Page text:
More support needed for low-skilled workers to progress into better jobs
Low-skilled workers face a range of barriers to progressing into better pay and conditions, a PSI study has found.
Examining the work experiences of a group of lone parents and long-term unemployed people over five years, the study found that low-skilled people were more likely to become stuck in a ‘low-pay no-pay cycle’ of temporary jobs, without opportunities for training or promotion. Where progression opportunities were not supported in the workplace, progression was a risky strategy, and many people prioritised work stability – even if poorly paid – over progression into better-paid work.
For many low-skilled people in the study, moving into work did not mean the disappearance of household poverty or feelings of financial strain. Often in minimum wage jobs, and sometimes working part-time, they described ‘struggling to get by’ or ‘just keeping their head above water’. Those in unstable work found it especially difficult to ‘get on an even keel’ because of built-up debt and delays in benefit payments.
Entering work from benefits (either from unemployment or looking after children) was a key transition period with a high risk of falling into a cycle of low-paid, unstable work. Low qualifications, being single, living in social housing and having a young child (under five years old) also made people more vulnerable to leaving a job.
Unstable jobs were largely of poor quality. Less than a quarter of those with unstable work received sick pay, less than a fifth said that they had opportunities for promotion or training at work, and only a handful had achieved promotion since starting work.
Even where people had stable jobs, progression did not automatically follow. A key enabler was being in a workplace that supported opportunities for progression, such as structured promotion pathways and training at work. This enabled people to feel supported in taking steps towards progression. Progression through moving jobs presented more of a risk for people. Financial support and high-quality careers advice were crucial to making this transition.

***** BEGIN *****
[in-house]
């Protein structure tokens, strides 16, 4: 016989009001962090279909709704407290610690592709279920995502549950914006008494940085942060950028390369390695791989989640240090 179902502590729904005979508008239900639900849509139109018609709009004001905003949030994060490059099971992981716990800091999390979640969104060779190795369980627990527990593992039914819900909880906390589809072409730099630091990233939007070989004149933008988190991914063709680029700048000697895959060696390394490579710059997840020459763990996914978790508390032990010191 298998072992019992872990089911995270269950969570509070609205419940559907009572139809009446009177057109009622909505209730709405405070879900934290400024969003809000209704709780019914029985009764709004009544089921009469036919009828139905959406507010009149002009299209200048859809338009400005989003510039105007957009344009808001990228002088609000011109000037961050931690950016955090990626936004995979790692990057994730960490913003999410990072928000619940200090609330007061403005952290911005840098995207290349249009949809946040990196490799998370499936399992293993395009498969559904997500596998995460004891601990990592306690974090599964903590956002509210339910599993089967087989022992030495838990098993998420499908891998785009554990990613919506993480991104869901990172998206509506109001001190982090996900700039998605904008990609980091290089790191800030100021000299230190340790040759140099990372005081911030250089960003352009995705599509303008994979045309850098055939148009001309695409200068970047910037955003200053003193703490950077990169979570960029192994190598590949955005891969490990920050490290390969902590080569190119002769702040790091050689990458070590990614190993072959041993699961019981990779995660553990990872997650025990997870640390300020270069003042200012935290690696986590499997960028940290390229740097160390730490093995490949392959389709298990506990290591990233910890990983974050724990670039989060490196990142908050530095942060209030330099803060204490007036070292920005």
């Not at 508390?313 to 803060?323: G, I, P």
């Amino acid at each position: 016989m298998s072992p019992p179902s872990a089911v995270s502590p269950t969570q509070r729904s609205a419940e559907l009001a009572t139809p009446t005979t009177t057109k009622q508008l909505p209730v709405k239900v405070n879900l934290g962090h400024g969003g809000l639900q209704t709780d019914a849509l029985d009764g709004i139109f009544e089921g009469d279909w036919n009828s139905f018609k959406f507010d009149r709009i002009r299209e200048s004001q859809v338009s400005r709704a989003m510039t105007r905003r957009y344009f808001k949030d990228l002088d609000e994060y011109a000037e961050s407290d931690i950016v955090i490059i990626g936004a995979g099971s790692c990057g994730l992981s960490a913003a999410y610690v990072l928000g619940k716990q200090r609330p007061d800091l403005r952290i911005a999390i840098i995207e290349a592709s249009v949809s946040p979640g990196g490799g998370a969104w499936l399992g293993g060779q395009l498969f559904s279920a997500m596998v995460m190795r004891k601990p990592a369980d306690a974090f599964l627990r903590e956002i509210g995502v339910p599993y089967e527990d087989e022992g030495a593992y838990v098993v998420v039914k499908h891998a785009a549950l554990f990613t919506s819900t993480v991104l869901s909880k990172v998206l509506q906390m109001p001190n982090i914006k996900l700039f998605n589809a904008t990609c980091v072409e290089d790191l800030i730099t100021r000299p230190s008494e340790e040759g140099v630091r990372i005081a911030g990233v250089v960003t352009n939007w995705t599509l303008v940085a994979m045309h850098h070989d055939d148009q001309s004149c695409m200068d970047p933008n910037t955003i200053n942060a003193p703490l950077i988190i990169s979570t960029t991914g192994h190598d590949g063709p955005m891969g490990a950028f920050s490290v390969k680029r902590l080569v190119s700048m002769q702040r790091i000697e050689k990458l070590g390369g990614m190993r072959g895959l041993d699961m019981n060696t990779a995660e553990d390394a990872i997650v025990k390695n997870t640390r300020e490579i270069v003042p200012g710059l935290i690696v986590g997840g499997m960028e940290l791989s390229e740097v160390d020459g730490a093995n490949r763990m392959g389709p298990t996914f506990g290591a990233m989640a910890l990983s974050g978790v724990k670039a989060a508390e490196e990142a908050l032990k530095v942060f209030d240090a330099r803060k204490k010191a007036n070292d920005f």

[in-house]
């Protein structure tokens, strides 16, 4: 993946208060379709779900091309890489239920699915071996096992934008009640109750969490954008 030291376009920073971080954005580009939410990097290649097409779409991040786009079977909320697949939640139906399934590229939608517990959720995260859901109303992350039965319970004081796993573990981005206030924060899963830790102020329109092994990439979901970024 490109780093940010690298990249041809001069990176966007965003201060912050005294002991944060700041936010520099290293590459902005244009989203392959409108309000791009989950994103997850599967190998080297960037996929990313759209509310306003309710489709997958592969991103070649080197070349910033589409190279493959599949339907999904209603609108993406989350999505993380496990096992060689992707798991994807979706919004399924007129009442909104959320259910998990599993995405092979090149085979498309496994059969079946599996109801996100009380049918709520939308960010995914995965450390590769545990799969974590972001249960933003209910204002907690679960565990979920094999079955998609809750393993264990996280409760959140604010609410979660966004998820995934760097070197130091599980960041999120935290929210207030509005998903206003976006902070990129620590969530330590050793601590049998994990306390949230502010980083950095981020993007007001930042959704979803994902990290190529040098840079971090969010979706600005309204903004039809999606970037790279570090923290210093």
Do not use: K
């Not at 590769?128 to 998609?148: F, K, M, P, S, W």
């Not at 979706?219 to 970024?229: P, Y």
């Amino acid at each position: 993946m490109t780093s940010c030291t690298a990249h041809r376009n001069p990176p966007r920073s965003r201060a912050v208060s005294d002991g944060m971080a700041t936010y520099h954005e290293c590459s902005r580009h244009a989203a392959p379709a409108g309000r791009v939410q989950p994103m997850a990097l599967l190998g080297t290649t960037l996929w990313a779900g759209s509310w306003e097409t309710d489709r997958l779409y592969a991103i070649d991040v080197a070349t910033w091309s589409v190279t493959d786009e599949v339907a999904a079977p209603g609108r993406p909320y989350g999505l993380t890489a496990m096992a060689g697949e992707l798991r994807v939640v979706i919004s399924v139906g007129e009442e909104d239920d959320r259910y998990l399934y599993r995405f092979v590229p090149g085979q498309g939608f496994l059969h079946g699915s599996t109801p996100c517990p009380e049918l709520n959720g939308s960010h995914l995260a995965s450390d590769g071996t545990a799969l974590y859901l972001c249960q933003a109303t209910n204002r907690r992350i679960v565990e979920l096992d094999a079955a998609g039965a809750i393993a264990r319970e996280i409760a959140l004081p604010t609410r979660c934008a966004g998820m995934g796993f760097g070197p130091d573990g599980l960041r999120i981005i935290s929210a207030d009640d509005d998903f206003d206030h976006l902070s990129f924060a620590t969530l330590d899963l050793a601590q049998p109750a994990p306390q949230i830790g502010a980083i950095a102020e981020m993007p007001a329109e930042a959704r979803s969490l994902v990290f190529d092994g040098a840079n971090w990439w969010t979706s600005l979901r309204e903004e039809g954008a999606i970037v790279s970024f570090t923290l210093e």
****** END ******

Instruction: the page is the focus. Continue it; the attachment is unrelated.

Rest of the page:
Many people were also doubtful about their ability or capacity to move into more highly paid work; they lacked confidence in their abilities and were ambivalent towards opportunities to progress. Highly skilled and proactive careers coaches were needed to encourage and engage such people.
PSI researcher Kathryn Ray, who led the study, said:
“More needs to be done to enable low-skilled and part-time workers to progress at work if the government’s aspiration of supporting people to move out of poverty through sustainable employment is to be realised. A range of barriers including poor rights for temporary and agency workers, inadequate careers advice services and non-existent or inaccessible career ladders in workplaces mean that low-skilled workers often become stuck in low-paid work without prospect of being able to move into something better.”
The research was carried out by a team at the Policy Studies Institute, led by Kathryn Ray. The study was commissioned and funded by the Joseph Rowntree Foundation, as part of a programme of research on recurrent poverty. The research was undertaken between 2008 and 2009 and included secondary analysis of survey and depth interview data from the evaluation of the government’s Employment Retention and Advancement Demonstration, plus new depth interviews with programme participants.
For further information and comment contact Kathryn Ray:
(t) 020 7911 7525
The report is published today by the Joseph Rowntree Foundation:
Better off Working? Work, poverty and benefit cycling, by Kathryn Ray, Lesley Hoggart, Sandra Vegeris and Rebecca Taylor